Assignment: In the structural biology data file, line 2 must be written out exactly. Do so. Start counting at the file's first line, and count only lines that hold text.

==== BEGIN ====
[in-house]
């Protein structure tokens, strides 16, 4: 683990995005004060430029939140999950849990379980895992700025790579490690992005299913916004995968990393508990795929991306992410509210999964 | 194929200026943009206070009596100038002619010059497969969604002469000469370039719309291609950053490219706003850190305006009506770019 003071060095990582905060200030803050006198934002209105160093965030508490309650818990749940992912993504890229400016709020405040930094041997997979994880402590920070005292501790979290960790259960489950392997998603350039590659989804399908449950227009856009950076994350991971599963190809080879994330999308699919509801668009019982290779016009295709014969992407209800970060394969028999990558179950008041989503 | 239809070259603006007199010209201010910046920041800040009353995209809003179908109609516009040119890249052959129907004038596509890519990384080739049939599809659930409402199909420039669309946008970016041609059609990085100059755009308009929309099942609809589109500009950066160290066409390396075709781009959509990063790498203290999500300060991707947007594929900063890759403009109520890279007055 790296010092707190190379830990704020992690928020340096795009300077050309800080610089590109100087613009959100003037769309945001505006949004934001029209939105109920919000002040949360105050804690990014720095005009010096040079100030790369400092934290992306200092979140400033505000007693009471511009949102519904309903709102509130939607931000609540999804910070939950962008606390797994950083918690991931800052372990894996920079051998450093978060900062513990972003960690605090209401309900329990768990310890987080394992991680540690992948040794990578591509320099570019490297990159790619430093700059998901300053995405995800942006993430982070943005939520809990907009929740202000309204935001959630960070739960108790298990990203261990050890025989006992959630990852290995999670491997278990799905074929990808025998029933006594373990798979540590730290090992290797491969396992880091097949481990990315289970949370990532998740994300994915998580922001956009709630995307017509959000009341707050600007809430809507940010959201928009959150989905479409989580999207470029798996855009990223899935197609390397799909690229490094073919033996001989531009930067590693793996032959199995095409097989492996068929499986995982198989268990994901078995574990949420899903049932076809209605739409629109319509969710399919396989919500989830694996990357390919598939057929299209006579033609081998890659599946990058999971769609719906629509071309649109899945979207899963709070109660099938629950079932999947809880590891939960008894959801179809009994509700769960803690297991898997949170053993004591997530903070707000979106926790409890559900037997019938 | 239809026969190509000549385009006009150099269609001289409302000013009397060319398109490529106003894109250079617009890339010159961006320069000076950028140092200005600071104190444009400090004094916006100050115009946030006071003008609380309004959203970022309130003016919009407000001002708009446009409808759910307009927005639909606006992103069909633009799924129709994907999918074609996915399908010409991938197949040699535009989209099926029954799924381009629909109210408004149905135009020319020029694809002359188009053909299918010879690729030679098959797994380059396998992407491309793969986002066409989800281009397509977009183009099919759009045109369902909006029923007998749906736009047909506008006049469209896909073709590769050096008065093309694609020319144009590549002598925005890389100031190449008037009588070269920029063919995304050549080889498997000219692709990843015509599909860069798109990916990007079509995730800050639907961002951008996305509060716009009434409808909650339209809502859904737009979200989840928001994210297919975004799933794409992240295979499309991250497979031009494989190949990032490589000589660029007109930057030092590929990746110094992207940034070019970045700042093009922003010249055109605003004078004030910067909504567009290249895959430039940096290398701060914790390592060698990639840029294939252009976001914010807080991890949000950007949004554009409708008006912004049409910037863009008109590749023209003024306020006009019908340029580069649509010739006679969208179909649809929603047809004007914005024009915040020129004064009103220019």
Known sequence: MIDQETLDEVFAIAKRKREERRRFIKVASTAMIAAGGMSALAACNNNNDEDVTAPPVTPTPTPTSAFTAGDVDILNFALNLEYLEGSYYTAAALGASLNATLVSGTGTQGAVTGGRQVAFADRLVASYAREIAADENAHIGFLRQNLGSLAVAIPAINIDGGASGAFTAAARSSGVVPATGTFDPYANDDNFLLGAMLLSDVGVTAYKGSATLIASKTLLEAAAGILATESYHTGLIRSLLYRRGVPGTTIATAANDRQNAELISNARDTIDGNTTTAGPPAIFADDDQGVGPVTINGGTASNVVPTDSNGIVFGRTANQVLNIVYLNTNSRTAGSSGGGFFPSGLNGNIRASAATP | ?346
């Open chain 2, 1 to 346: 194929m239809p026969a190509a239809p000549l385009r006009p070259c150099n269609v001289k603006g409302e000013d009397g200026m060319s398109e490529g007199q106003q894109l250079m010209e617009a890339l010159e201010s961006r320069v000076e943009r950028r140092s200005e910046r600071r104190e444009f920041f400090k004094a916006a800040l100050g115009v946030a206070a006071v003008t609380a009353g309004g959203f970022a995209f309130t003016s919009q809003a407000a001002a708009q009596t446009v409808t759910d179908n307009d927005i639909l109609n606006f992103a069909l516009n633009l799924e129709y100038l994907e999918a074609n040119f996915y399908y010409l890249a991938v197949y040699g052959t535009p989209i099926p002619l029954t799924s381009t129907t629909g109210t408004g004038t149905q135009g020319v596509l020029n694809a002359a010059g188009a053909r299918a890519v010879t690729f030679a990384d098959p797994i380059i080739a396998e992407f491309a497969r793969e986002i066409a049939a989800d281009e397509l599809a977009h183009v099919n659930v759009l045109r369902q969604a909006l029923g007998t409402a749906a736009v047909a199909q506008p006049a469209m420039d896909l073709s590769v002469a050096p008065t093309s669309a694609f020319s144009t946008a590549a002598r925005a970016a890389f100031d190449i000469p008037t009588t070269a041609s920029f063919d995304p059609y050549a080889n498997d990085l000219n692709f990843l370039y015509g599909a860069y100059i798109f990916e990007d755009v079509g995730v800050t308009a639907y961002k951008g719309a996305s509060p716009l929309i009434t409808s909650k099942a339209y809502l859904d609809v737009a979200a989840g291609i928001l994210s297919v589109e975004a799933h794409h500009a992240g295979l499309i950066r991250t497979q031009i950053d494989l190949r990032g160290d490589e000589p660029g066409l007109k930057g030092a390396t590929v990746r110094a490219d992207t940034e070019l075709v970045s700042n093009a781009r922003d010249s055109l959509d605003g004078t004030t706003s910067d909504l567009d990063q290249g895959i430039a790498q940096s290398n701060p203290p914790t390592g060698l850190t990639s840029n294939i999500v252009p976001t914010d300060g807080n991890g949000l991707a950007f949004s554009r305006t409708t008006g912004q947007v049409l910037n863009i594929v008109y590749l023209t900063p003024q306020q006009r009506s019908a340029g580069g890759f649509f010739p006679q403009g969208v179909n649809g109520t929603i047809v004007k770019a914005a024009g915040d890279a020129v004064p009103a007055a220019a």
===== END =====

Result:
């Protein structure tokens, strides 16, 4: 683990995005004060430029939140999950849990379980895992700025790579490690992005299913916004995968990393508990795929991306992410509210999964 | 194929200026943009206070009596100038002619010059497969969604002469000469370039719309291609950053490219706003850190305006009506770019 003071060095990582905060200030803050006198934002209105160093965030508490309650818990749940992912993504890229400016709020405040930094041997997979994880402590920070005292501790979290960790259960489950392997998603350039590659989804399908449950227009856009950076994350991971599963190809080879994330999308699919509801668009019982290779016009295709014969992407209800970060394969028999990558179950008041989503 | 239809070259603006007199010209201010910046920041800040009353995209809003179908109609516009040119890249052959129907004038596509890519990384080739049939599809659930409402199909420039669309946008970016041609059609990085100059755009308009929309099942609809589109500009950066160290066409390396075709781009959509990063790498203290999500300060991707947007594929900063890759403009109520890279007055 790296010092707190190379830990704020992690928020340096795009300077050309800080610089590109100087613009959100003037769309945001505006949004934001029209939105109920919000002040949360105050804690990014720095005009010096040079100030790369400092934290992306200092979140400033505000007693009471511009949102519904309903709102509130939607931000609540999804910070939950962008606390797994950083918690991931800052372990894996920079051998450093978060900062513990972003960690605090209401309900329990768990310890987080394992991680540690992948040794990578591509320099570019490297990159790619430093700059998901300053995405995800942006993430982070943005939520809990907009929740202000309204935001959630960070739960108790298990990203261990050890025989006992959630990852290995999670491997278990799905074929990808025998029933006594373990798979540590730290090992290797491969396992880091097949481990990315289970949370990532998740994300994915998580922001956009709630995307017509959000009341707050600007809430809507940010959201928009959150989905479409989580999207470029798996855009990223899935197609390397799909690229490094073919033996001989531009930067590693793996032959199995095409097989492996068929499986995982198989268990994901078995574990949420899903049932076809209605739409629109319509969710399919396989919500989830694996990357390919598939057929299209006579033609081998890659599946990058999971769609719906629509071309649109899945979207899963709070109660099938629950079932999947809880590891939960008894959801179809009994509700769960803690297991898997949170053993004591997530903070707000979106926790409890559900037997019938 | 239809026969190509000549385009006009150099269609001289409302000013009397060319398109490529106003894109250079617009890339010159961006320069000076950028140092200005600071104190444009400090004094916006100050115009946030006071003008609380309004959203970022309130003016919009407000001002708009446009409808759910307009927005639909606006992103069909633009799924129709994907999918074609996915399908010409991938197949040699535009989209099926029954799924381009629909109210408004149905135009020319020029694809002359188009053909299918010879690729030679098959797994380059396998992407491309793969986002066409989800281009397509977009183009099919759009045109369902909006029923007998749906736009047909506008006049469209896909073709590769050096008065093309694609020319144009590549002598925005890389100031190449008037009588070269920029063919995304050549080889498997000219692709990843015509599909860069798109990916990007079509995730800050639907961002951008996305509060716009009434409808909650339209809502859904737009979200989840928001994210297919975004799933794409992240295979499309991250497979031009494989190949990032490589000589660029007109930057030092590929990746110094992207940034070019970045700042093009922003010249055109605003004078004030910067909504567009290249895959430039940096290398701060914790390592060698990639840029294939252009976001914010807080991890949000950007949004554009409708008006912004049409910037863009008109590749023209003024306020006009019908340029580069649509010739006679969208179909649809929603047809004007914005024009915040020129004064009103220019």